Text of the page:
Legalese — Tattoos

image courtesy of morguefile.com
image courtesy of morguefile.com

Whatever you think of them, tattoos of all kinds are very popular these days. I have a friend whose son is very artistic and also very much into tattoos. She wanted to get him a tattoo gun for Christmas so he could use it to make a little extra money on the side while he was at school. Thankfully, she had the foresight to ask me before she bought it. Off the top of my head I knew nothing of the topic, so I looked it up. I was surprised how many laws exist about tattoos.

According to Georgia law, to tattoo someone means to “mark or color the skin of any person by pricking in, inserting, or implanting pigments, except when performed by a physician….” It is defined in another part of the code as to “mark or color the skin by pricking in, piercing, or implanting indelible pigments or dyes under the skin.” I’m not sure what the difference is between piercing or inserting, but that’s what you get when different people write different laws on different days.

A tattoo studio is “any facility or building on a fixed foundation wherein a tattoo artist performs tattooing.” Presumably this means that a tattoo studio cannot exist in a trailer, nor can there be an on-the-go tattoo van that comes to you. A tattoo artist is anyone who “performs tattooing, except that the term…shall not include…any physician or osteopath…[or] any technician acting under the direct supervision of such licensed physician or osteopath.”

“Any person, firm, or corporation operating a tattoo studio without a valid permit or performing tattooing outside of a licensed tattoo studio shall be guilty of a misdemeanor.” O.C.G.A. 31-40-7. This means that whoever you are, the only legal way to give someone a tattoo is to do so in a tattoo studio and to have a permit. My friend’s son, then, unless he gets employed by a studio, can’t legally do anything with a tattoo gun on his own.

Tattoo studio permits are issued by the County Board of Health or, where none exists, The Department of Public Health. The Department of Public Health is authorized to make rules about tattoo studios to ensure health and safety. The legislature has taken a specific stand on the advisability of tattoos. O.C.G.A. 31-40-8 specifically directs the Department of Public Health to “develop and institute a program of public education for the purpose of alerting the public to the possible side effects and exposure risks of tattooing. You can find information about The Department of Public Health’s warnings by clicking here.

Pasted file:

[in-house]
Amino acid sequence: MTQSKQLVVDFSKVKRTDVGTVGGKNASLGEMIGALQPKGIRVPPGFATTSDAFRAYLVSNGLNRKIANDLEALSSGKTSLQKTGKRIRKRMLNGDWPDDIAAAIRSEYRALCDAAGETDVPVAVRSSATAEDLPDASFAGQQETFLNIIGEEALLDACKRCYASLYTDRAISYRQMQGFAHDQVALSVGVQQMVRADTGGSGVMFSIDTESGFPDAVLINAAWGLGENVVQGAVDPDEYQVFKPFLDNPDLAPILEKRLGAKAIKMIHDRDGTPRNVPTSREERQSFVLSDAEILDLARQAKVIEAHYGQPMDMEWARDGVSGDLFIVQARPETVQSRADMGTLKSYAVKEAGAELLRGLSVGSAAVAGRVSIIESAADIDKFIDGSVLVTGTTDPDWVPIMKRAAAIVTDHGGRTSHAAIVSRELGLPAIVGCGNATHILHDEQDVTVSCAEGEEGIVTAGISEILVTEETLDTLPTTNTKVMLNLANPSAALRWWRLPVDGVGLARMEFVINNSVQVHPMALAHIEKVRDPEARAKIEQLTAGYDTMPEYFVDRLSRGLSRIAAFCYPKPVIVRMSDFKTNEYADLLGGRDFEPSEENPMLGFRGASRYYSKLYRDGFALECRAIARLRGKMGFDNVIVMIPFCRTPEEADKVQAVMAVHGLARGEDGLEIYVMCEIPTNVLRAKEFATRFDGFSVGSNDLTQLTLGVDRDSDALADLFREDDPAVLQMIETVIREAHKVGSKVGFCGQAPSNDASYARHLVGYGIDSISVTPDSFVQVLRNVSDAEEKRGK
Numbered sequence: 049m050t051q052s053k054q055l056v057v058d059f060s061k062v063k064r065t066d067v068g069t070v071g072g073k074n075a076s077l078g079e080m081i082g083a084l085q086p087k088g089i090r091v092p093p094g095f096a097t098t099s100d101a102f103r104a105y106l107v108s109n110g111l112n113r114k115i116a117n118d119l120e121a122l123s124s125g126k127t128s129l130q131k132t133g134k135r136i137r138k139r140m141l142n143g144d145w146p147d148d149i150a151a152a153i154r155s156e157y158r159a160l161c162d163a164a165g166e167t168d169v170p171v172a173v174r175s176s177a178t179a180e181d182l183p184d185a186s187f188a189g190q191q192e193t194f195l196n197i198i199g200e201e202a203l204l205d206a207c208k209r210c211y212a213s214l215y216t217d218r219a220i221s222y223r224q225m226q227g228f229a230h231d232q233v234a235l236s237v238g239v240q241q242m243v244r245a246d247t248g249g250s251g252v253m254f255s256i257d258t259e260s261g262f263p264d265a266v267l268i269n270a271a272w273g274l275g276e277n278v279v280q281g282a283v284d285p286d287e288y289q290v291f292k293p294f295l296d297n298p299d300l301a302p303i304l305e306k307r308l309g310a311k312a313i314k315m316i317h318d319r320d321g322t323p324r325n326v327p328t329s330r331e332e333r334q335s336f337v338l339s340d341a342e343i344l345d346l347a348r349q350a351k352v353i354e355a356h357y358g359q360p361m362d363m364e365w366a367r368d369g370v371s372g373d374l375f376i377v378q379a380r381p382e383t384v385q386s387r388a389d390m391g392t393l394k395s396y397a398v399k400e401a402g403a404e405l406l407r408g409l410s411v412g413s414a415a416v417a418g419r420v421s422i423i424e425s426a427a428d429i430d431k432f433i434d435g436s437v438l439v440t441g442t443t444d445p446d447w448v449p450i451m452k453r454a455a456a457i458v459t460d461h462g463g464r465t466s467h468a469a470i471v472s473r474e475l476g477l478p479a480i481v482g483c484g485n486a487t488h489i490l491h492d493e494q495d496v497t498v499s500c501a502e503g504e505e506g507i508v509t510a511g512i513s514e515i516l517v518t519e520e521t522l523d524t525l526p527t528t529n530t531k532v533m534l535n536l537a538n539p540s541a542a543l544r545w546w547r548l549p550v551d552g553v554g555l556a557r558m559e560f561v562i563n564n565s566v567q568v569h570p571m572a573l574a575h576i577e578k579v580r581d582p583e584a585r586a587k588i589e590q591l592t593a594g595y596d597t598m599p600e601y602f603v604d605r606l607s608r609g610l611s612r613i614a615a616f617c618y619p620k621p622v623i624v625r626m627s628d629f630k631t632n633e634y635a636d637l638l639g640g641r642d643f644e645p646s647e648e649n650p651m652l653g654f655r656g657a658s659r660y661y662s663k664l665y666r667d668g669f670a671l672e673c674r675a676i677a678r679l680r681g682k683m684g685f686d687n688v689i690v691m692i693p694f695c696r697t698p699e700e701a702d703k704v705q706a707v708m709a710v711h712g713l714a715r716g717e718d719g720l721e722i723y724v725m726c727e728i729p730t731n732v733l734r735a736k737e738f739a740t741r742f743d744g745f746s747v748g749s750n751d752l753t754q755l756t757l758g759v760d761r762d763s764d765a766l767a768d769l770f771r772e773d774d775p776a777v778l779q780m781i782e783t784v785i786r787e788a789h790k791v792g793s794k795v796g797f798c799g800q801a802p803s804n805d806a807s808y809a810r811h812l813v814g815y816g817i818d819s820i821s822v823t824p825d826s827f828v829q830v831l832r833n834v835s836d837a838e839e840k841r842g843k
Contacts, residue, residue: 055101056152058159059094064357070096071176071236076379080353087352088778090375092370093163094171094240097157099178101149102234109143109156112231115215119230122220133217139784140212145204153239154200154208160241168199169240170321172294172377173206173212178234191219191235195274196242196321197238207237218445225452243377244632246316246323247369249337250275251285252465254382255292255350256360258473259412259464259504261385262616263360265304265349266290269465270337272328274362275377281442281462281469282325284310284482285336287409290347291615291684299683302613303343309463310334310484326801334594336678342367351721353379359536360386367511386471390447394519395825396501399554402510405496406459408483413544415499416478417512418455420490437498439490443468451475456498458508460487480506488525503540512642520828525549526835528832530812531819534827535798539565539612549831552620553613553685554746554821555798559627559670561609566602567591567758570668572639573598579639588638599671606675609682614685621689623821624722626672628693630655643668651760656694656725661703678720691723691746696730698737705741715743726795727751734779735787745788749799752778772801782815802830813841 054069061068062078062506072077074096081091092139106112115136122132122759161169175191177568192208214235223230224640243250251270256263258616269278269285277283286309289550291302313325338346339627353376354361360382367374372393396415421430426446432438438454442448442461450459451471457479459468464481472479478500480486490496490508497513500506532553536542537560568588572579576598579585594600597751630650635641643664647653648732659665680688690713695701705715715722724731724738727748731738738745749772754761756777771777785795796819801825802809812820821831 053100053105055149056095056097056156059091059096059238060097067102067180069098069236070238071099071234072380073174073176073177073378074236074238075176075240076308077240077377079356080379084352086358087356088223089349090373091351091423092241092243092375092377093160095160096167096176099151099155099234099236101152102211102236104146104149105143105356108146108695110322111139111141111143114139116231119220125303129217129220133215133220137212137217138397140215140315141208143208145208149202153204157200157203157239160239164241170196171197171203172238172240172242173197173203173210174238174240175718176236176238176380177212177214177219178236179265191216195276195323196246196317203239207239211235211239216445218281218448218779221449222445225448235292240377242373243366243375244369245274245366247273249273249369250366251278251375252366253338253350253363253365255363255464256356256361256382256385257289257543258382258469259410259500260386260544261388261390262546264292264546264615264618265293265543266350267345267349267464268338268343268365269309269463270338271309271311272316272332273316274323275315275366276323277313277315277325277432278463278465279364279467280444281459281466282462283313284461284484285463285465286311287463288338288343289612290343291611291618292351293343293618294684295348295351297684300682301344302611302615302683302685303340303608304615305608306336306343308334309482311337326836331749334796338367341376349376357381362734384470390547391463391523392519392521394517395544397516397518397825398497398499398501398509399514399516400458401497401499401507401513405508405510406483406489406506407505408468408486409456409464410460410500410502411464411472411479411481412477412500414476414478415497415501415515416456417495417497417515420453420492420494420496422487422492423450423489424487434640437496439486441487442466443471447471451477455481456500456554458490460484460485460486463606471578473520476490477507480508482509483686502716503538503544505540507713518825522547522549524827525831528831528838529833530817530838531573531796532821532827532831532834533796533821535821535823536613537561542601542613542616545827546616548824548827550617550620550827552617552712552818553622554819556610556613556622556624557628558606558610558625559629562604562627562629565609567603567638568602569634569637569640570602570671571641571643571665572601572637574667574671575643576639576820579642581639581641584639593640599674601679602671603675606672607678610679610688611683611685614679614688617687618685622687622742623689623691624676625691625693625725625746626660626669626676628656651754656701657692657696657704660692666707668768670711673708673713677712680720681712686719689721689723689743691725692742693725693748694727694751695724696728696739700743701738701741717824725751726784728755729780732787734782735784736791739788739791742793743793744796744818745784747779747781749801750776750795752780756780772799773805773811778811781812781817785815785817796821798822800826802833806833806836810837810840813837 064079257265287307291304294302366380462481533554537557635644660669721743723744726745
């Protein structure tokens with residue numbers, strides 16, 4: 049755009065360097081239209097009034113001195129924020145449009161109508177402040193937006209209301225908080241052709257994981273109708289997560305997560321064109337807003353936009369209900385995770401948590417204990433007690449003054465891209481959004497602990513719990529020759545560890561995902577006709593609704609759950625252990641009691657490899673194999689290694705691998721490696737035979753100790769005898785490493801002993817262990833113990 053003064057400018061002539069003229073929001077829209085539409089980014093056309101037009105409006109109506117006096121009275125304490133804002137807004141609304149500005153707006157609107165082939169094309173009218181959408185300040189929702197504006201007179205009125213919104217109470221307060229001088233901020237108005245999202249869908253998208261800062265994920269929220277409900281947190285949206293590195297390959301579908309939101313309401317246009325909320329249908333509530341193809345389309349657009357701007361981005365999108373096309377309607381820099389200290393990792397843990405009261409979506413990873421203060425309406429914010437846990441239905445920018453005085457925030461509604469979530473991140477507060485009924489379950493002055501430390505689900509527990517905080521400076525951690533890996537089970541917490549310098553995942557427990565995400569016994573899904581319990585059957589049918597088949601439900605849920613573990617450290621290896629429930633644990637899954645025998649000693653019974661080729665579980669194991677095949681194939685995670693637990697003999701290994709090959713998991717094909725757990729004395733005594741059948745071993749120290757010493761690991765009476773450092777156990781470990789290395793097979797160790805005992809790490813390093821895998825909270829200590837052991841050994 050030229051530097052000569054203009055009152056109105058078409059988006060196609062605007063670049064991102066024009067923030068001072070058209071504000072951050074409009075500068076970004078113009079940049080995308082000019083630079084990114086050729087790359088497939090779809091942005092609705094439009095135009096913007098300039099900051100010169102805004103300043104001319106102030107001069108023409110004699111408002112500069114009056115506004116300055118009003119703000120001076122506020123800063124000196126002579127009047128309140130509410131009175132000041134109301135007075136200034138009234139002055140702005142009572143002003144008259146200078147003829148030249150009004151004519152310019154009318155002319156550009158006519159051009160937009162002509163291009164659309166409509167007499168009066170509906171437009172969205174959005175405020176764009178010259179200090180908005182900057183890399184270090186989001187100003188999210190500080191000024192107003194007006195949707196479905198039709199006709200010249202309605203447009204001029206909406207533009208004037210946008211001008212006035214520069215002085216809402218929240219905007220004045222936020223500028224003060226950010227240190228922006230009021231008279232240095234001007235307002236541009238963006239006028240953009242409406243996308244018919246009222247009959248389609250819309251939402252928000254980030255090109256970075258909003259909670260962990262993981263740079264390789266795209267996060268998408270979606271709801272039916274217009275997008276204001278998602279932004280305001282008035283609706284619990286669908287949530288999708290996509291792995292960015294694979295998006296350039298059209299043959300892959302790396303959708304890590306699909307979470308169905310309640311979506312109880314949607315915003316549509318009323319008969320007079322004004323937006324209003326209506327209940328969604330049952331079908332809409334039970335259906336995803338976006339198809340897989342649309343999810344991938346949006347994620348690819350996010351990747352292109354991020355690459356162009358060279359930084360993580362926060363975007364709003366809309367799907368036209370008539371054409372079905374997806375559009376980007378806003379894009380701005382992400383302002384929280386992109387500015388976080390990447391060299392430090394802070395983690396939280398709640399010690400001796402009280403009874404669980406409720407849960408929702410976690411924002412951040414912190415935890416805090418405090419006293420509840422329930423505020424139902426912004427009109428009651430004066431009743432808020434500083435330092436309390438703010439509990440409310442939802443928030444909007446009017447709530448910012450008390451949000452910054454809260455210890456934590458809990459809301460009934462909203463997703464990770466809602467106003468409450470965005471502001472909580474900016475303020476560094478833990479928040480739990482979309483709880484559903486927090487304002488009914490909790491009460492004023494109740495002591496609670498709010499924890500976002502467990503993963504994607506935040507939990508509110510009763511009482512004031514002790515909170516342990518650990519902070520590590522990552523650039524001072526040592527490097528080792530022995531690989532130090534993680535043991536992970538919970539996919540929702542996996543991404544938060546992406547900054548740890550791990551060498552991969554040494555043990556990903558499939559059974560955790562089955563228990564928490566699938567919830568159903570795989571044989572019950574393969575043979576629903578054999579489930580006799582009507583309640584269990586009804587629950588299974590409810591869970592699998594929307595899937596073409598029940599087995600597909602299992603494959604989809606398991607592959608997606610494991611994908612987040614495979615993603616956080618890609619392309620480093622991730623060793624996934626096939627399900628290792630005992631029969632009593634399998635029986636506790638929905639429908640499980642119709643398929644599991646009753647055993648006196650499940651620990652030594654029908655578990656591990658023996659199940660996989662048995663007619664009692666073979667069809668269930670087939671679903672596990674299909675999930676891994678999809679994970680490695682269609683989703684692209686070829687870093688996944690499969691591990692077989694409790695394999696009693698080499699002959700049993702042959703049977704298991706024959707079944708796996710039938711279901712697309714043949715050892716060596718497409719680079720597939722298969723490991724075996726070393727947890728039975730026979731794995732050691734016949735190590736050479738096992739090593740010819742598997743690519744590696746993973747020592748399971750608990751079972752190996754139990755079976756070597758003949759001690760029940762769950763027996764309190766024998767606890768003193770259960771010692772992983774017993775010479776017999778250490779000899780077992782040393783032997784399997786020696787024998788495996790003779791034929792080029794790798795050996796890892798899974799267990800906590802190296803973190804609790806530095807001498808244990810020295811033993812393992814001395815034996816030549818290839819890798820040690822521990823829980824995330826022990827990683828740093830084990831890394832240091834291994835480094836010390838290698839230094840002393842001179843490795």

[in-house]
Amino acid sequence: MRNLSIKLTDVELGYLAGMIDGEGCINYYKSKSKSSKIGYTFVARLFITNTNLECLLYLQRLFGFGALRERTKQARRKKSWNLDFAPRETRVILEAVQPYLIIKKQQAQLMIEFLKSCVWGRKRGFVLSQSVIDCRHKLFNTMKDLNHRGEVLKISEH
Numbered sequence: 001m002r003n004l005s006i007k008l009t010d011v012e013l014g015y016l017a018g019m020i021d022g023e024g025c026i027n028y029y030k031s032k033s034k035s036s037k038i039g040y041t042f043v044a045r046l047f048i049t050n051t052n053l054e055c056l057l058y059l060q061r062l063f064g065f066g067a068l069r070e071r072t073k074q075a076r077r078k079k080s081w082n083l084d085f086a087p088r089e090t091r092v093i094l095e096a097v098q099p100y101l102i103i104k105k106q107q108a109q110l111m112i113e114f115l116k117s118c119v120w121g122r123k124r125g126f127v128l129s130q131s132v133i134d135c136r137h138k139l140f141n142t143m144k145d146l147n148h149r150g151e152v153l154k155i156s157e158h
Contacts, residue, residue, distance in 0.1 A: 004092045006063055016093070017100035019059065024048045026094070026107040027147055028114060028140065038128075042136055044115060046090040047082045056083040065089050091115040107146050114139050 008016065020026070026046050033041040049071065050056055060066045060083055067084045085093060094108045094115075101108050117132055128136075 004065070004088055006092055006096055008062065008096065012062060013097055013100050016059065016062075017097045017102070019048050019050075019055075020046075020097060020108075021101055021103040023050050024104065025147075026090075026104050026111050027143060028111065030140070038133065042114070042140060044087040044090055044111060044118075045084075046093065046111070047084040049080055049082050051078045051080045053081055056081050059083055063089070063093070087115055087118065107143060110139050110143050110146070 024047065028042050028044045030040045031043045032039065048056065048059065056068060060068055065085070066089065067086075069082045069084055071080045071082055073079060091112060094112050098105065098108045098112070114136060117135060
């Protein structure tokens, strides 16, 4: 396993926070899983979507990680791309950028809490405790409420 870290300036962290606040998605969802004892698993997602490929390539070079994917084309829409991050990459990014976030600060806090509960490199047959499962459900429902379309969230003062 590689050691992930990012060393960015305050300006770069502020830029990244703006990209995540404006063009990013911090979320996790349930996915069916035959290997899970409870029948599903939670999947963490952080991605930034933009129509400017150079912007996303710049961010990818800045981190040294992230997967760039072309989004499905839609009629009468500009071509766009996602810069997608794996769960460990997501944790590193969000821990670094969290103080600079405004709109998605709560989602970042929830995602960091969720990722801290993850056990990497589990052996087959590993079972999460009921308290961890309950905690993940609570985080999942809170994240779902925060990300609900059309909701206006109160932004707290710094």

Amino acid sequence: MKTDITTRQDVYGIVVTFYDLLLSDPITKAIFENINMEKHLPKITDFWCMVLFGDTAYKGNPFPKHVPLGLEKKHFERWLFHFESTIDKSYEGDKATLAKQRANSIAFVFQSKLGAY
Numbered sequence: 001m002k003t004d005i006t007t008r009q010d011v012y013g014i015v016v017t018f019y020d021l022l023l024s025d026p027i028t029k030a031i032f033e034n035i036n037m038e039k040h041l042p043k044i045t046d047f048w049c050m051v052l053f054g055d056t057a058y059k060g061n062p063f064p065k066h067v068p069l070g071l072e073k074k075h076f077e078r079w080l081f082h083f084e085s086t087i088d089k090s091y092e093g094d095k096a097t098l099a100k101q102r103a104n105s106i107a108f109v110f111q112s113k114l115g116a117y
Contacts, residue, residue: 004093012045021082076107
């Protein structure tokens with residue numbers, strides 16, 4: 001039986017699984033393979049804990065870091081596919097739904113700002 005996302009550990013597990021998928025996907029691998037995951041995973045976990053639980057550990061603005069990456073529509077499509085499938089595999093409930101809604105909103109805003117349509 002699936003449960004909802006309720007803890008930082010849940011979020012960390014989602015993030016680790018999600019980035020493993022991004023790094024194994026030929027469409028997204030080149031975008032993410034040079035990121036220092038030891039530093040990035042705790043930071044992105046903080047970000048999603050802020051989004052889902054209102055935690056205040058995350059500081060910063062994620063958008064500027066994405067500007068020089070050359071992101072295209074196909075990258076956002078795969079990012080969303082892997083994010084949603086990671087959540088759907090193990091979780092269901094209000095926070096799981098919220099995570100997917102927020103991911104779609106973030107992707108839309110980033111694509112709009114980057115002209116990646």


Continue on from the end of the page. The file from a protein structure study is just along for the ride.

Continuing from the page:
There are some very specific tattoo laws. For example, it is a misdemeanor to tattoo any person within an inch of the nearest part of the eye socket of a person. This I found odd, since I know many people get tattooed eyeliner. Most laws are local, as counties and municipalities are specifically given authority to make their own rules about tattooing. Some of them are incredibly detailed. For example, the City of Social Circle has fourteen pages of codified regulations regarding tattoo studios.

Whatever your sensibilities, and whether you consider tattoos an art form or vandalism, if you or someone you love is going to get one, make sure it is legal.

This article was written by a lawyer, but should not be considered legal advice in any way, shape, or form. It is written for general (and generally vague) informational purposes only. In order to properly evaluate your case, a lawyer must examine all the facts and circumstances that are particular and personal to your situation. I have not done that here

About Lori Duff 74 Articles
Lori is the author of the bestselling collection of humor essays, "Mismatched Shoes and Upside Down Pizza" currently available exclusively on Amazon. In order to finance her writing habit, she is a practicing lawyer with Jones & Duff, LLC. She is married to Mike Duff, who is a retired DeKalb County Public Safety Officer, and has two amazing children who make cameo embarrassing appearances in her blog posts and who attend Walton County Public Schools. Her legal column, "Legalese", is meant to de-mystify and humanize the Court system. When asked about her writing, Lori says, "Life is too short not to laugh at every available opportunity. My goal is to make myself laugh -- and hopefully you will laugh along with me."
  • Lynne Tucker Van Buul

    This is all true! I had to go through so much to be able to do permanent makeup, which I’ve been doing now for 13 years. Each county I’ve worked in ha

    • Lynne Tucker Van Buul

      Has it’s own set of rules and regulations in addition to the Georgia law. You must be a physician or advance practice nurse at a certain level to do eyeliner. Even eyebrows can be

      • Lynne Tucker Van Buul

        Questionable. I have a physician on staff and have had one since 2001. I have seen many people doing tattoos on the side or permanent makeup on the side in salons or at homes and that is not a sterile environment to offer something that puts your health at risk. Anything involving blood should be limited to an OSHA compliant studio or clinic.

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